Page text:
Waterhole has a powerful permissions system to allow granular control over what users can and can't do.

The authorization layer is made up of two parts:

  • A permissions table, which allows the forum admin to define which user groups have access and abilities for each structure node (channels, pages, links).

  • Laravel Gates, which enforce authorization on resources using the information in the permissions table, along with additional domain logic.

The Permissions Table

The permissions database table defines permission entries which consist of the following:

  • Recipient – the user or group that receives the permission
  • Ability – the name of the ability (e.g. view or post)
  • Scope – the resource that the recipient has this ability for (usually a structure node, like a channel or page)

Permission data can be inspected using the Waterhole::permissions() collection. This class provides various methods to filter and check for the existence of permission entries:

use Waterhole\Waterhole;

// Check if permission has been granted for $user to post
// in $channel (via their user groups)
Waterhole::permissions()->can($user, 'post', $channel);

// Get the IDs of the channels which are visible to guests
Waterhole::permissions()->ids(null, 'view', Channel::class);

Warning: Generally you should not check Waterhole::permissions() directly in your controller or action code! Instead, you should define a Gate for the ability, and then check Waterhole::permissions() inside the gate logic. This allows you to benefit from the ergonomics of the Gate (like calling authorize to automatically throw HTTP errors), and also allows authorization logic to be extended.

Checking Abilities With Gates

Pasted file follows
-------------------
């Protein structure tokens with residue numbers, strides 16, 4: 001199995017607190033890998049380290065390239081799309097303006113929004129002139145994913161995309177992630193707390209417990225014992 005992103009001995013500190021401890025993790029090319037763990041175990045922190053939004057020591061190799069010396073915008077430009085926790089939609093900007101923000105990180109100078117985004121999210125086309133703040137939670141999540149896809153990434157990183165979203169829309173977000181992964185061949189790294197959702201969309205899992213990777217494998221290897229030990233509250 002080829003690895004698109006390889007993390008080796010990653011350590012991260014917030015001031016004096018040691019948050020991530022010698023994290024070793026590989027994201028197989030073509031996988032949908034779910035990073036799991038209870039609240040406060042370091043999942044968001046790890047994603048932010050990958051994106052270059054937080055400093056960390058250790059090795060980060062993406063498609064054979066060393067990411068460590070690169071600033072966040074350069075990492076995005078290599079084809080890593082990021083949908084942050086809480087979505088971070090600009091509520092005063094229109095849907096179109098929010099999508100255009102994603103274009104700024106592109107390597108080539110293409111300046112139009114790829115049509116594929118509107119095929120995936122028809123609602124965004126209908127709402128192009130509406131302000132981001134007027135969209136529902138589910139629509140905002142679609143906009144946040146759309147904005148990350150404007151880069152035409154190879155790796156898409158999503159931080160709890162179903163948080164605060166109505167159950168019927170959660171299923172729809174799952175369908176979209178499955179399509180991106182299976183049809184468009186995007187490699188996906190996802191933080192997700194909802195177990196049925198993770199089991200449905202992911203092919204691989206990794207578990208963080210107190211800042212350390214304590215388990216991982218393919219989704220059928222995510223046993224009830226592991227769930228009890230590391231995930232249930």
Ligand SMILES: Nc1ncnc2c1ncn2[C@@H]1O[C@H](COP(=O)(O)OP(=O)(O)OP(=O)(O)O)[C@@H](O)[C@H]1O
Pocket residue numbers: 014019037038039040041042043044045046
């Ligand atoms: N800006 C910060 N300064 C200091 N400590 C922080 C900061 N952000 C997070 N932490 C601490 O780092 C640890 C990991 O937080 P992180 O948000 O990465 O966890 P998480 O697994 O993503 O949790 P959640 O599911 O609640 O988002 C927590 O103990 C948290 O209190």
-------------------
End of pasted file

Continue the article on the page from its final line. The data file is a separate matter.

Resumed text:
While the permissions table merely stores information about permissions, Laravel Gates are used to actually enforce authorization. (Laravel Policies are not used because they are not extensible.)

A Gate is defined for each ability. The permissions table is generally used to determine whether or not the user is allowed to do something, but Gates can also apply other domain logic. For example: a user can edit a post if it is their own, or if they have the "moderate" permission for the post's channel.

Additionally, some logic is applied globally across all Gate checks:

  • If the user is an administrator, permission is granted
  • If the user has not yet verified their email, or if they have been suspended, they are treated as if they are a guest

Gate abilities are named using the format waterhole.resource.ability. For example, the Gate to check whether a post can be edited is named

Use Gate methods, as per the Laravel Gate documentation, to authorize actions. For example, to assert that the current user can edit a post:

Gate::authorize('', $post);

Refer to Waterhole's AuthServiceProvider class to see the available abilities.

Extending Authorization Logic

To extend the logic for an existing ability, use the Gate::before method to conditionally intercept Gate checks:

Gate::before(function (User $user, $ability, $arguments) {
    if ($ability === '') {
        $post = $arguments[0];
        // return true if permission is granted
        // return false if permission is denied
        // return null to defer to the existing logic